A bevy of youngsters are set to make their first mark on the Cal baseball program on Friday, as the…
PALO ALTO, Calif. -- It's nearly midnight in Houston, Tex. The thunder rolls in the distance. The lightning that had sent the Houston Regional participants scurrying into their respective dugouts earlier in the day is now just a dim flash in the distance.
Except for the bolt in the bat of one Devon Rodriguez.
Anyone who followed the California baseball team in that magical 2011 season knows the rest. With the count 1-2, the then-19-year old sophomore rapped a seeing-eye single off of Baylor's Logan Verrett through the right side of the infield with the bases loaded to plate Austin Booker to tie the game, and then sending Tony Renda plate-ward for the winning run, despite the future-second-round draft pick blowing a tire coming around third.
It seems like a lifetime ago. Now 21, Rodriguez has endured what could very well have been a career-threatening injury and a lost season. Now, it's up to him to guide this young group of Bears back to the Promised Land.
"It's different, because getting the new freshman class, you've got a lot of different personalities, and you're trying to lead everyone," says Rodriguez, now heading into his senior year with a Feb. 15 opener against visiting Michigan. "You've got to say, ‘I've been to a College World Series. Follow me."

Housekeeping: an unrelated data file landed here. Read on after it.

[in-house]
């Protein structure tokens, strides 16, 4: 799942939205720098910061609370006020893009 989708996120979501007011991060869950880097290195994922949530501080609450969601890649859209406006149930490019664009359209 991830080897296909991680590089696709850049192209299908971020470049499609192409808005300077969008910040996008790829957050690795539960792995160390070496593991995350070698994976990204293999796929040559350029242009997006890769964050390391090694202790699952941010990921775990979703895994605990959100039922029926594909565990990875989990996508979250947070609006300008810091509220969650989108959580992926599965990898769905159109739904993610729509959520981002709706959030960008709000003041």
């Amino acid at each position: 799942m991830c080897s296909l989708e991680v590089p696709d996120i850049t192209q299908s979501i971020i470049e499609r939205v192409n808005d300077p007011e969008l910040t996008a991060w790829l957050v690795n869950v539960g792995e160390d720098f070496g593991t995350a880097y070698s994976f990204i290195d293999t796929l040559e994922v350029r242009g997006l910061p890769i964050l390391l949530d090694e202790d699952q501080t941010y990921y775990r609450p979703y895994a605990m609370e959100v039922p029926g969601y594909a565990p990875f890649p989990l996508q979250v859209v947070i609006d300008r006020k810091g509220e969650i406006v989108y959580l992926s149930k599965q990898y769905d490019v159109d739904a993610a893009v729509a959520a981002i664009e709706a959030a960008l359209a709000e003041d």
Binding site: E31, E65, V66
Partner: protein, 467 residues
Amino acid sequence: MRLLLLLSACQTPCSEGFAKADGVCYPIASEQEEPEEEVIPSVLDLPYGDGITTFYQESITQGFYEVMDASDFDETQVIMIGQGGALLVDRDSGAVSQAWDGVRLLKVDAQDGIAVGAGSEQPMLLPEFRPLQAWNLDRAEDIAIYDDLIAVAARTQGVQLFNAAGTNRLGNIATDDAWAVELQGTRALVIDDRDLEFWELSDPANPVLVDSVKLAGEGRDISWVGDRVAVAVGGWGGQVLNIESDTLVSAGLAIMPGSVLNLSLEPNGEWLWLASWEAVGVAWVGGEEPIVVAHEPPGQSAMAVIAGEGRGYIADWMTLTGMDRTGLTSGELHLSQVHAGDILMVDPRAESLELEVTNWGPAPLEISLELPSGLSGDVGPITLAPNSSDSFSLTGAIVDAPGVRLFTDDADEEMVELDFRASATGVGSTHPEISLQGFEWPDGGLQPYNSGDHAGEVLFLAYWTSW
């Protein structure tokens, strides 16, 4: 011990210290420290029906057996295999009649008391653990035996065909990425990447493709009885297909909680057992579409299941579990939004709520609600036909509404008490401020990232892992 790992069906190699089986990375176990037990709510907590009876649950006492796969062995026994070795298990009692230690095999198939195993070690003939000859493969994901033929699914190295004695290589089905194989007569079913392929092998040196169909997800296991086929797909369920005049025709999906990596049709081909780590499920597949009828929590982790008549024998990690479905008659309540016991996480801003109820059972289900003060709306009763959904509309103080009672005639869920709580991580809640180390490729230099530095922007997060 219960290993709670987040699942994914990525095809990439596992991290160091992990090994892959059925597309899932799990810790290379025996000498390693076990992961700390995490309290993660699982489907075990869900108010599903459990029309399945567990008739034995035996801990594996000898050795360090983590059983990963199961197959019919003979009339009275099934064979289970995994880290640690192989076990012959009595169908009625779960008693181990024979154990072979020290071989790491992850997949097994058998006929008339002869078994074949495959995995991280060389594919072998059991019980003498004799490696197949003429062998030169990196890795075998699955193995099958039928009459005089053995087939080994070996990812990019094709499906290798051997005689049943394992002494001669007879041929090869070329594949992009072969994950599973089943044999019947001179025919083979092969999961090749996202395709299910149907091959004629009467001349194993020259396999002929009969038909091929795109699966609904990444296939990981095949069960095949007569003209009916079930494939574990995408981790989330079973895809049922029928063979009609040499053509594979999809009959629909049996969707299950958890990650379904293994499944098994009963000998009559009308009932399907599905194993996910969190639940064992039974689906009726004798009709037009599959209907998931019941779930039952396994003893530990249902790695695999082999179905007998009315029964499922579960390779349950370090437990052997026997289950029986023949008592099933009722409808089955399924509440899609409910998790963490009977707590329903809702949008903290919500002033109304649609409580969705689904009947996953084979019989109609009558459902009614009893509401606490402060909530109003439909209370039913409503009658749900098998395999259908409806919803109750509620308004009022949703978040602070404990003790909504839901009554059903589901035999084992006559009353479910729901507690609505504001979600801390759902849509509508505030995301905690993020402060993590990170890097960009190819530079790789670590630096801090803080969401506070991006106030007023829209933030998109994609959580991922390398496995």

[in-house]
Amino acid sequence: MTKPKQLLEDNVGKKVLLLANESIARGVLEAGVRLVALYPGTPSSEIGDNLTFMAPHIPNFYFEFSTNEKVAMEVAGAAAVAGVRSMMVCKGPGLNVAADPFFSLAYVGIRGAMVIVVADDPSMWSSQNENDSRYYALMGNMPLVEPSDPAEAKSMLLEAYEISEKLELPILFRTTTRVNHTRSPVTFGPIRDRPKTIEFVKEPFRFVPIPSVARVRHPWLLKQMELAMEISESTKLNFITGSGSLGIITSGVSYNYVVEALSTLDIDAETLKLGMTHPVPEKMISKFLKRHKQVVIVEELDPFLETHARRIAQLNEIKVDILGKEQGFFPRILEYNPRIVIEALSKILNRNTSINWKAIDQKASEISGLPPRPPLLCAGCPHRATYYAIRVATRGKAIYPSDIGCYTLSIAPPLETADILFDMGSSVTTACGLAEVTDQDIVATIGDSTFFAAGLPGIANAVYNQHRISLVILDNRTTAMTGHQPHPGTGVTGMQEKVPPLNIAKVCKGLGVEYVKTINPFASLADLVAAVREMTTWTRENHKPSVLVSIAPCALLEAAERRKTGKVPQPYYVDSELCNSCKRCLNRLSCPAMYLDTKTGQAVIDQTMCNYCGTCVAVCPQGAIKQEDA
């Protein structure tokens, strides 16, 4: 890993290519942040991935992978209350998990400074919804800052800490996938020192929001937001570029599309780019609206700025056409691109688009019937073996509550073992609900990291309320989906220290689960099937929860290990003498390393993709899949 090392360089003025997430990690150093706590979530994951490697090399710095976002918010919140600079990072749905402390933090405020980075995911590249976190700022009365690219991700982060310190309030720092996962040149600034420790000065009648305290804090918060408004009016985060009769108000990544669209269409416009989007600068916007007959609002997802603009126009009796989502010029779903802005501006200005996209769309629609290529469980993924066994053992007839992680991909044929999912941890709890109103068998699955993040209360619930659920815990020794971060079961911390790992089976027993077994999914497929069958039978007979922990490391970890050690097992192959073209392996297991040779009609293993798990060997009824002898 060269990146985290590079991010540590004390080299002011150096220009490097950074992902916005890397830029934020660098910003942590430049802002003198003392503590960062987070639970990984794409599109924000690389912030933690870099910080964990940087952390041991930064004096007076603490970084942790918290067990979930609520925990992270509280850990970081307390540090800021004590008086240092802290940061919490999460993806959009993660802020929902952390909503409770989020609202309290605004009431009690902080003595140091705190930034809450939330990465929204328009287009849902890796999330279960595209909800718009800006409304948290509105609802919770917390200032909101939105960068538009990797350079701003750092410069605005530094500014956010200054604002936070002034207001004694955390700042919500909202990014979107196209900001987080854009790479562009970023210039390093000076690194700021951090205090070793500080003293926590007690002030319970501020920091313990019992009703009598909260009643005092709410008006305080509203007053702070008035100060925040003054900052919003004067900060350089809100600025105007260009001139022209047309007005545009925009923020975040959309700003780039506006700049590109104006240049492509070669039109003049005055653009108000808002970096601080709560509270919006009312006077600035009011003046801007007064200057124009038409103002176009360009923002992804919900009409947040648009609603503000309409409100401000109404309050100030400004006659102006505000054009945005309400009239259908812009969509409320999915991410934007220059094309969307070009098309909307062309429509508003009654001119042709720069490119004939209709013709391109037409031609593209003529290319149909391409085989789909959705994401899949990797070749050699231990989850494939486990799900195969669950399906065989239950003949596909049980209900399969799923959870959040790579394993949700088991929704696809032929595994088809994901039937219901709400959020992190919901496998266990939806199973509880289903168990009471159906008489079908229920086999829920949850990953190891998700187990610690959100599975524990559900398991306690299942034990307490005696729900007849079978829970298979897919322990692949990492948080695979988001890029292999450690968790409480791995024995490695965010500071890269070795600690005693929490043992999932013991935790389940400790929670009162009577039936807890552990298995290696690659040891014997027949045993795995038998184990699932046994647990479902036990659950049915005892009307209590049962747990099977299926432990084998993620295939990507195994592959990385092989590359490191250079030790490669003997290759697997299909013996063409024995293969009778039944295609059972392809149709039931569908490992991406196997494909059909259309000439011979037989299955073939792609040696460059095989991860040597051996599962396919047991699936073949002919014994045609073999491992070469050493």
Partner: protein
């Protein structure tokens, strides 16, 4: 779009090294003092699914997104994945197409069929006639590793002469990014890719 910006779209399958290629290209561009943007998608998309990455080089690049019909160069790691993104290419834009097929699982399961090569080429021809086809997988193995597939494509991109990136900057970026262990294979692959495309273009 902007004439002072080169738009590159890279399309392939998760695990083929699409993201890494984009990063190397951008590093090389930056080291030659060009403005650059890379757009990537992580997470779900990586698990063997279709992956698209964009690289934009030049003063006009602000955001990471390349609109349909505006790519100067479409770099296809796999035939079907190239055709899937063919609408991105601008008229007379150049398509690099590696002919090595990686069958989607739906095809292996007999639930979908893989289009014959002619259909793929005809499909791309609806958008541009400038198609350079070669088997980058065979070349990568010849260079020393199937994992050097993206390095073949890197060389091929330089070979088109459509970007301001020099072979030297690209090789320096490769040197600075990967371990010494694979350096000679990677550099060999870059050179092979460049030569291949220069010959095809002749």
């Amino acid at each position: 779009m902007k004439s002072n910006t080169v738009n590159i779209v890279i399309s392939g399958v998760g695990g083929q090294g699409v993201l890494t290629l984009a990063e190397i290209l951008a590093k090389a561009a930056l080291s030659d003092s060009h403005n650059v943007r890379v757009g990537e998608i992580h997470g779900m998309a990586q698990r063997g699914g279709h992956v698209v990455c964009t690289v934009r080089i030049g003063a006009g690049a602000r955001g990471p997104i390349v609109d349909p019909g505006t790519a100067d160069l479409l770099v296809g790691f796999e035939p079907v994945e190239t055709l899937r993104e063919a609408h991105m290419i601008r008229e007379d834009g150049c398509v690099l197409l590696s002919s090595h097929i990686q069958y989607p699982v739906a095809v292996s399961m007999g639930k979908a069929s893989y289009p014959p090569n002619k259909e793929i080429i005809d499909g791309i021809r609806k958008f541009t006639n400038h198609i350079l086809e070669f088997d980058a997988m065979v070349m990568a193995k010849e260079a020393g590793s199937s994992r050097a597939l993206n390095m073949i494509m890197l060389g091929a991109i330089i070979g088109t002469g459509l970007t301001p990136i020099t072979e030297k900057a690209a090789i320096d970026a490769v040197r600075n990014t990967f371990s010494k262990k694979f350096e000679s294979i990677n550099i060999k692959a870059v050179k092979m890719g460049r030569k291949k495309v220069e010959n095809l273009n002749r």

It's tough not to follow Rodriguez. He is possessed of an open, ever-youthful face. He's everyone's little brother, but at the same time, not. The sound the ball makes coming off his bat puts the Campanile bells to shame. The resonant ringing as the cowhide springs off his stick reverberates off the walls of the RSF in left and center field. Even his outs are hit hard. The freshman hurler possessed of the most cocky swagger -- Ryan Mason -- proudly says that he "owns" Rodriguez in intrasquads, but he still fears every time he has to pitch to the senior first baseman. He has to use every weapon in his repertoire.
And, to think, his career may very well have ended last season.
In the final scrimmage before the 2012 campaign began, Rodriguez dove back to first base for a groundball and slammed his knee on the dirt. It seemed innocuous. But, as the days went by, it got stiff. It swelled. It hurt. He had injured his medial collateral ligament, and it had to be immobilized in order for him to recover with any hope of playing for the rest of the season.
After playing in one games against Nebraska and three against Oregon State, Rodriguez was put on the shelf again. He had developed a serious blood clot in his calf.
"It was because of the brace that I was wearing. It was immobilized for so long," says Rodriguez. "It literally feels like your calf is going to explode. That's what it felt like. It was tight, I couldn't put pressure on it. That was pretty painful."
To break up the clot, Rodriguez then had to go on blood-thinners for two months, which prevented him from taking the field again all season. Even if he felt great -- he was walking without any encumberment, moving around just fine -- he couldn't play. It was just too risky. By the time the blood-thinner regimen was complete, there were only five games left in the season.
"You can't do any physical activity, anything," Rodriguez recalls. "There was too much of a risk. It was definitely one of the scariest moments of my life, when they told me I had a blood clot and what it meant. It was devastating. But, I've gotten through it and I feel better than ever."